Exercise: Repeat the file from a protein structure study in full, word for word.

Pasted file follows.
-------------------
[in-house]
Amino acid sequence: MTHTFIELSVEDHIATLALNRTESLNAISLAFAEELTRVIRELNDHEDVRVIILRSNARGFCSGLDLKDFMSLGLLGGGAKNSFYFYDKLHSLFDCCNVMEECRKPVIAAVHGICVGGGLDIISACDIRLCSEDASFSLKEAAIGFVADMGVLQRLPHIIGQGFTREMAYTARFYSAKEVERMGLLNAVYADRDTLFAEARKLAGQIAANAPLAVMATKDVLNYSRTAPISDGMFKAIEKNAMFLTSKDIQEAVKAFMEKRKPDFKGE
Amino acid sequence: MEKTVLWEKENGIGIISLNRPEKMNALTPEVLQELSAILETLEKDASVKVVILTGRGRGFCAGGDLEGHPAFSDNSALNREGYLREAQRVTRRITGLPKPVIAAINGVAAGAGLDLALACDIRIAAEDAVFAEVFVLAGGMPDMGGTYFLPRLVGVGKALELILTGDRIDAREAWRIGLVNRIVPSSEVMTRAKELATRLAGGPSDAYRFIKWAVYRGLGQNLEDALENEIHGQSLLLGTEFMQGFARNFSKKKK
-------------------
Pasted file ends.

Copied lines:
[in-house]
Amino acid sequence: MTHTFIELSVEDHIATLALNRTESLNAISLAFAEELTRVIRELNDHEDVRVIILRSNARGFCSGLDLKDFMSLGLLGGGAKNSFYFYDKLHSLFDCCNVMEECRKPVIAAVHGICVGGGLDIISACDIRLCSEDASFSLKEAAIGFVADMGVLQRLPHIIGQGFTREMAYTARFYSAKEVERMGLLNAVYADRDTLFAEARKLAGQIAANAPLAVMATKDVLNYSRTAPISDGMFKAIEKNAMFLTSKDIQEAVKAFMEKRKPDFKGE
Amino acid sequence: MEKTVLWEKENGIGIISLNRPEKMNALTPEVLQELSAILETLEKDASVKVVILTGRGRGFCAGGDLEGHPAFSDNSALNREGYLREAQRVTRRITGLPKPVIAAINGVAAGAGLDLALACDIRIAAEDAVFAEVFVLAGGMPDMGGTYFLPRLVGVGKALELILTGDRIDAREAWRIGLVNRIVPSSEVMTRAKELATRLAGGPSDAYRFIKWAVYRGLGQNLEDALENEIHGQSLLLGTEFMQGFARNFSKKKK